TOKYO (Reuters) - Japan’s government will propose a record budget for next fiscal year of more than $800 billion but cut borrowing for a third year, government officials said on Sunday, as Prime Minister Shinzo Abe seeks to maintain growth while curbing the heaviest debt burden in the industrial world.
The third annual budget since Abe swept to power in late 2012 also highlights his struggle to contain bulging welfare costs for the fast-ageing society while increasing discretionary spending in areas such as the military.
Abe’s 96.3 trillion yen ($813 billion) draft budget for the year from April, to be approved by the Cabinet on Wednesday and submitted to an upcoming session of Parliament, is up from this fiscal year’s initial 95.9 trillion, the two officials told Reuters.
But spending restraint and a surge in tax revenues as the economy recovers allows the government to cut bond issuance by 4.4 trillion yen to 36.9 trillion, the third decrease in a row and the lowest level in six years, the officials said.
The improved fiscal picture helps Abe trim Japan’s public debt, which is well over twice the country’s GDP after years of sluggish growth and huge stimulus spending. The budget for the coming year follows an extra budget of 3.1 trillion yen for this fiscal year, approved last week.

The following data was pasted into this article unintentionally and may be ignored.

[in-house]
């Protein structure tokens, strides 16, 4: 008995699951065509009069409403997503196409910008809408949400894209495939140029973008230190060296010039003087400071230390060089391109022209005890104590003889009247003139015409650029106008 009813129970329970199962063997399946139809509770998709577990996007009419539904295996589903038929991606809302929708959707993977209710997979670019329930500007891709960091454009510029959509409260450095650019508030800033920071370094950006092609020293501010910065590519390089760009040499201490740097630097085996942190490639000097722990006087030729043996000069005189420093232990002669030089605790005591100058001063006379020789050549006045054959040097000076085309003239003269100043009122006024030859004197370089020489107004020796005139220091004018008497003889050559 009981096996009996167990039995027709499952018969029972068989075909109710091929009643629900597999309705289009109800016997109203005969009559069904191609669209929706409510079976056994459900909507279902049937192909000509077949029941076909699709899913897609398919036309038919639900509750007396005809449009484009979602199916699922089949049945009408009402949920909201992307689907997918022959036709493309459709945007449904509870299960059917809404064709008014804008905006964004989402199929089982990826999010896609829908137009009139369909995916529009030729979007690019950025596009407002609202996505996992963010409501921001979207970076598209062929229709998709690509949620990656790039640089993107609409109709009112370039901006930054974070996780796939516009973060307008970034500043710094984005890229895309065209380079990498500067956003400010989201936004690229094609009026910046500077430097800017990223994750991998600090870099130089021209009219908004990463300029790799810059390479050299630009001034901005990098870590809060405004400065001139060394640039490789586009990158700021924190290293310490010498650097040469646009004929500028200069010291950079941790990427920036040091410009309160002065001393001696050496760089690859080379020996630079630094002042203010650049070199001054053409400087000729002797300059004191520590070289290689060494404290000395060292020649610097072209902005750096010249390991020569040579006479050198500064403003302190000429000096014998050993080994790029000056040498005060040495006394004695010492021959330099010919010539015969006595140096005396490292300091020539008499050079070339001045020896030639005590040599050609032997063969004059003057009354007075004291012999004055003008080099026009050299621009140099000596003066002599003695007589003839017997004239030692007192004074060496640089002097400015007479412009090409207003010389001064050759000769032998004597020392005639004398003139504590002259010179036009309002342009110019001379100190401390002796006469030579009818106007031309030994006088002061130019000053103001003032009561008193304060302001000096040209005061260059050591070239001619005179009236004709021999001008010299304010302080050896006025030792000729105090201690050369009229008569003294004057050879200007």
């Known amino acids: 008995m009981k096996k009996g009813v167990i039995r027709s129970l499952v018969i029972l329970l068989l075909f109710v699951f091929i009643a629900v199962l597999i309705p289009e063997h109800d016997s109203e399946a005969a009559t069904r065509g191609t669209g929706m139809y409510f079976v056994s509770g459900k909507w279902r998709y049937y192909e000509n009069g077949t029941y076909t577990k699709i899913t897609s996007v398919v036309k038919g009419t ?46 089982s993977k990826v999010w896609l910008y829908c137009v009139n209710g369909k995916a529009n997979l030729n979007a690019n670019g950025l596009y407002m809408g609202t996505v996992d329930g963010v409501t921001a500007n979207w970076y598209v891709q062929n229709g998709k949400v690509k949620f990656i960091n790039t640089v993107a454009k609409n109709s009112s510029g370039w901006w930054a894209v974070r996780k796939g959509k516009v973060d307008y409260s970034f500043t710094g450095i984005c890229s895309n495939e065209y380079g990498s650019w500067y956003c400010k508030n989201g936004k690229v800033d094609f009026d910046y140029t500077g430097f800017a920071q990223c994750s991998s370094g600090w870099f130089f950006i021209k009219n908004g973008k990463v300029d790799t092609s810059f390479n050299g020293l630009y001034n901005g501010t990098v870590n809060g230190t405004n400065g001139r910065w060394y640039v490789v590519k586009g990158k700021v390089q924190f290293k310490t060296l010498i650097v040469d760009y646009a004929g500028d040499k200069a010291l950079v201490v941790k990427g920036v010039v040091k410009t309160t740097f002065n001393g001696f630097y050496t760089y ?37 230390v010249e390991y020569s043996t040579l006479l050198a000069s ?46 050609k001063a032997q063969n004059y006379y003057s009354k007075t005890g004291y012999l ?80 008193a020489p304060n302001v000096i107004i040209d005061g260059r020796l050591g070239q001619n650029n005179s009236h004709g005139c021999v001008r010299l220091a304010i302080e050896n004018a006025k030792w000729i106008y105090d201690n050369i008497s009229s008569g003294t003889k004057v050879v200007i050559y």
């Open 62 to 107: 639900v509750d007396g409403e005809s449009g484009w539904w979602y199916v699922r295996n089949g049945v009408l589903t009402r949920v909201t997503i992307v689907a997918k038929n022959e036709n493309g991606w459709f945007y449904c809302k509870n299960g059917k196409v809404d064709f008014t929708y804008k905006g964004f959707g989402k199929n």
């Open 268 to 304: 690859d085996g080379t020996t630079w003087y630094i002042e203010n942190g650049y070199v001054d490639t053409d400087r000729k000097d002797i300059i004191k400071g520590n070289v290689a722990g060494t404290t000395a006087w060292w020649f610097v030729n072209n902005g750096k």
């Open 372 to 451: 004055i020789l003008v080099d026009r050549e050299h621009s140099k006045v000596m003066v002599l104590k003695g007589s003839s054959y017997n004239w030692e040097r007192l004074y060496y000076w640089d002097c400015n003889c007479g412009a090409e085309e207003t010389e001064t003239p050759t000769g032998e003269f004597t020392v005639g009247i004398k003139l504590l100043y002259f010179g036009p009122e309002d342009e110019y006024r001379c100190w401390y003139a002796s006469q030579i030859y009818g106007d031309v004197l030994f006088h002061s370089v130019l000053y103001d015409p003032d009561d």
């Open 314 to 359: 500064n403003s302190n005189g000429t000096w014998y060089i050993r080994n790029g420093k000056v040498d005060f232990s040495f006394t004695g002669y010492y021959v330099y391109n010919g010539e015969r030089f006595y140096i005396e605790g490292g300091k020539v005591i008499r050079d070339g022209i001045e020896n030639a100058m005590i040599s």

With the budget deficit - excluding new bond sales and debt servicing - projected at roughly 3 percent of gross domestic product for the 2015-16 fiscal year, Abe will meet the government’s promise of halving the debt ratio from 2010-11 levels.
But Finance Ministry calculations show that the goal of balancing the budget by 2020-21 remains ambitious.
Abe raised the national sales tax in April to 8 percent from 5 percent, sending the world’s third-biggest economy into recession. He postponed a second increase, to 10 percent, by 18 months to April 2017, but the economy’s upturn under the premier’s easy-money policies is set to boost tax revenues in the coming year.
The draft budget projects tax revenues rising 4.5 trillion yen to 54.5 trillion yen, the officials said, easing somewhat the need to issue more bonds. Debt will finance about 38 percent of the coming year’s budget, down from this year’s 43 percent.
But as the government continues to run a deficit, debt servicing, interest payments and redemptions, are set to rise about 200 billion yen to 23.5 trillion yen.
Social-welfare spending, such as medical care, is set to rise 1 trillion yen to 31.5 trillion yen.
Writing by William Mallard; Editing by Will Waterman